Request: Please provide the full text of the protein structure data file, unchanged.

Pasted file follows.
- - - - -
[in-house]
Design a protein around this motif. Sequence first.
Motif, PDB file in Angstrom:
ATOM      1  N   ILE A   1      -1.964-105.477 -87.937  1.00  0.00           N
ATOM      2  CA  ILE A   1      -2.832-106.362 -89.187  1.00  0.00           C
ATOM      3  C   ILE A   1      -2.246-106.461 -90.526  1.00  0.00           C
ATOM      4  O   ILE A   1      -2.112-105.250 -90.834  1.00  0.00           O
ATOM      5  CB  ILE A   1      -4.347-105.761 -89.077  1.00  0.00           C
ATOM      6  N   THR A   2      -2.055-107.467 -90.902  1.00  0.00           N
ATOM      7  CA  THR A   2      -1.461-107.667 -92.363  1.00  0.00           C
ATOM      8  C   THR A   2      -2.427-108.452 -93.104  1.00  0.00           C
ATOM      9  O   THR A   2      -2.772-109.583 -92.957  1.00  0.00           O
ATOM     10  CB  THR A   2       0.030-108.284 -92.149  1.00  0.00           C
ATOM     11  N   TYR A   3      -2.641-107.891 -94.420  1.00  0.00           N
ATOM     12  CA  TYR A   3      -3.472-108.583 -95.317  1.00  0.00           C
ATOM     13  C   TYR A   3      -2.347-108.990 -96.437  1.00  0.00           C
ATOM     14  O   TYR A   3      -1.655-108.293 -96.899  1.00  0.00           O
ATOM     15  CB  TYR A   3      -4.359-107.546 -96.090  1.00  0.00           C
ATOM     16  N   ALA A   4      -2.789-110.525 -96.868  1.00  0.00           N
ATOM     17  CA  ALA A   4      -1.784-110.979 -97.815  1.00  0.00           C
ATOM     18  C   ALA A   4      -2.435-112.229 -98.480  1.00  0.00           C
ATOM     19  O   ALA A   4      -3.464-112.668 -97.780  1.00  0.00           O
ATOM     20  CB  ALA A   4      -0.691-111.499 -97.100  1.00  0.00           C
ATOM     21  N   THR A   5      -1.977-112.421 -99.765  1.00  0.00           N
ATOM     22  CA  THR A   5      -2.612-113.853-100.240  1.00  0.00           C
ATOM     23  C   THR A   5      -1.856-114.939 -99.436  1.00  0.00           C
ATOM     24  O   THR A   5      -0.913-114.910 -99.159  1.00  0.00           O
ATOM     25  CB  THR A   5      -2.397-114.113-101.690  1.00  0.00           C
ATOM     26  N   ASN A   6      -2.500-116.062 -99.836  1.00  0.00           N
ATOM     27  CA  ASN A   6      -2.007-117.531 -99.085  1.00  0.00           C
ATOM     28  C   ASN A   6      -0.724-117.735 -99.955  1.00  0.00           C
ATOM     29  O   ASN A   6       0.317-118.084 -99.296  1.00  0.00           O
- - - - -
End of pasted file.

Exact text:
[in-house]
Design a protein around this motif. Sequence first.
Motif, PDB file in Angstrom:
ATOM      1  N   ILE A   1      -1.964-105.477 -87.937  1.00  0.00           N
ATOM      2  CA  ILE A   1      -2.832-106.362 -89.187  1.00  0.00           C
ATOM      3  C   ILE A   1      -2.246-106.461 -90.526  1.00  0.00           C
ATOM      4  O   ILE A   1      -2.112-105.250 -90.834  1.00  0.00           O
ATOM      5  CB  ILE A   1      -4.347-105.761 -89.077  1.00  0.00           C
ATOM      6  N   THR A   2      -2.055-107.467 -90.902  1.00  0.00           N
ATOM      7  CA  THR A   2      -1.461-107.667 -92.363  1.00  0.00           C
ATOM      8  C   THR A   2      -2.427-108.452 -93.104  1.00  0.00           C
ATOM      9  O   THR A   2      -2.772-109.583 -92.957  1.00  0.00           O
ATOM     10  CB  THR A   2       0.030-108.284 -92.149  1.00  0.00           C
ATOM     11  N   TYR A   3      -2.641-107.891 -94.420  1.00  0.00           N
ATOM     12  CA  TYR A   3      -3.472-108.583 -95.317  1.00  0.00           C
ATOM     13  C   TYR A   3      -2.347-108.990 -96.437  1.00  0.00           C
ATOM     14  O   TYR A   3      -1.655-108.293 -96.899  1.00  0.00           O
ATOM     15  CB  TYR A   3      -4.359-107.546 -96.090  1.00  0.00           C
ATOM     16  N   ALA A   4      -2.789-110.525 -96.868  1.00  0.00           N
ATOM     17  CA  ALA A   4      -1.784-110.979 -97.815  1.00  0.00           C
ATOM     18  C   ALA A   4      -2.435-112.229 -98.480  1.00  0.00           C
ATOM     19  O   ALA A   4      -3.464-112.668 -97.780  1.00  0.00           O
ATOM     20  CB  ALA A   4      -0.691-111.499 -97.100  1.00  0.00           C
ATOM     21  N   THR A   5      -1.977-112.421 -99.765  1.00  0.00           N
ATOM     22  CA  THR A   5      -2.612-113.853-100.240  1.00  0.00           C
ATOM     23  C   THR A   5      -1.856-114.939 -99.436  1.00  0.00           C
ATOM     24  O   THR A   5      -0.913-114.910 -99.159  1.00  0.00           O
ATOM     25  CB  THR A   5      -2.397-114.113-101.690  1.00  0.00           C
ATOM     26  N   ASN A   6      -2.500-116.062 -99.836  1.00  0.00           N
ATOM     27  CA  ASN A   6      -2.007-117.531 -99.085  1.00  0.00           C
ATOM     28  C   ASN A   6      -0.724-117.735 -99.955  1.00  0.00           C
ATOM     29  O   ASN A   6       0.317-118.084 -99.296  1.00  0.00           O